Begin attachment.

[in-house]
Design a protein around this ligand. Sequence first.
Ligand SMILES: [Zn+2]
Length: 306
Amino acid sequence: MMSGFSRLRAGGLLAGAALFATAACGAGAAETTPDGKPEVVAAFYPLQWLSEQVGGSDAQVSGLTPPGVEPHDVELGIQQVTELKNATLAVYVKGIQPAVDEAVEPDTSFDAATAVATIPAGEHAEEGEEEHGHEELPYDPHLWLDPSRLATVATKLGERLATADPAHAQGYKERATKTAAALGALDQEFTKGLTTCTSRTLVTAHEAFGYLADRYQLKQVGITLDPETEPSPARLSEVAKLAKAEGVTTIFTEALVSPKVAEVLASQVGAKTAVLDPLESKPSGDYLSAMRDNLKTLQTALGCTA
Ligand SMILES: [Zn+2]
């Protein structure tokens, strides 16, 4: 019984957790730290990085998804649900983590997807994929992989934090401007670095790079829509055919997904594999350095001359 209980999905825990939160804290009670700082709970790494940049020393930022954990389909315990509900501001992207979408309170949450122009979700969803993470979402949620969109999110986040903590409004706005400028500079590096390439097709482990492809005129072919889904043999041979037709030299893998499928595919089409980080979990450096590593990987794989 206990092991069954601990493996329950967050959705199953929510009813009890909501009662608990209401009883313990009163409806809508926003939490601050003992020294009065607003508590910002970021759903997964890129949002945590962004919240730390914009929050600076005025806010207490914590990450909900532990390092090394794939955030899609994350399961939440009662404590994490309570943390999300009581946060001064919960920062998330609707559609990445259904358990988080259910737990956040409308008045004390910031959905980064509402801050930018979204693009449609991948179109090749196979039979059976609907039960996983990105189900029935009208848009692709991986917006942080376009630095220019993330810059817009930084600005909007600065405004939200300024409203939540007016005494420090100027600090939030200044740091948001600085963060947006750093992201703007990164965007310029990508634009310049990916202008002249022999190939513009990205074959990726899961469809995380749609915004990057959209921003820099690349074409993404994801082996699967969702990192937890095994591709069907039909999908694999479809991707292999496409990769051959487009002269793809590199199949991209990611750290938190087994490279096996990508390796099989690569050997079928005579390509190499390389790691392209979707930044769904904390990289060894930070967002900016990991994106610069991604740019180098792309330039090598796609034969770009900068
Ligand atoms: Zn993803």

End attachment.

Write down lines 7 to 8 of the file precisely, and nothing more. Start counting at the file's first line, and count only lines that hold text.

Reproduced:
């Protein structure tokens, strides 16, 4: 019984957790730290990085998804649900983590997807994929992989934090401007670095790079829509055919997904594999350095001359 209980999905825990939160804290009670700082709970790494940049020393930022954990389909315990509900501001992207979408309170949450122009979700969803993470979402949620969109999110986040903590409004706005400028500079590096390439097709482990492809005129072919889904043999041979037709030299893998499928595919089409980080979990450096590593990987794989 206990092991069954601990493996329950967050959705199953929510009813009890909501009662608990209401009883313990009163409806809508926003939490601050003992020294009065607003508590910002970021759903997964890129949002945590962004919240730390914009929050600076005025806010207490914590990450909900532990390092090394794939955030899609994350399961939440009662404590994490309570943390999300009581946060001064919960920062998330609707559609990445259904358990988080259910737990956040409308008045004390910031959905980064509402801050930018979204693009449609991948179109090749196979039979059976609907039960996983990105189900029935009208848009692709991986917006942080376009630095220019993330810059817009930084600005909007600065405004939200300024409203939540007016005494420090100027600090939030200044740091948001600085963060947006750093992201703007990164965007310029990508634009310049990916202008002249022999190939513009990205074959990726899961469809995380749609915004990057959209921003820099690349074409993404994801082996699967969702990192937890095994591709069907039909999908694999479809991707292999496409990769051959487009002269793809590199199949991209990611750290938190087994490279096996990508390796099989690569050997079928005579390509190499390389790691392209979707930044769904904390990289060894930070967002900016990991994106610069991604740019180098792309330039090598796609034969770009900068
Ligand atoms: Zn993803």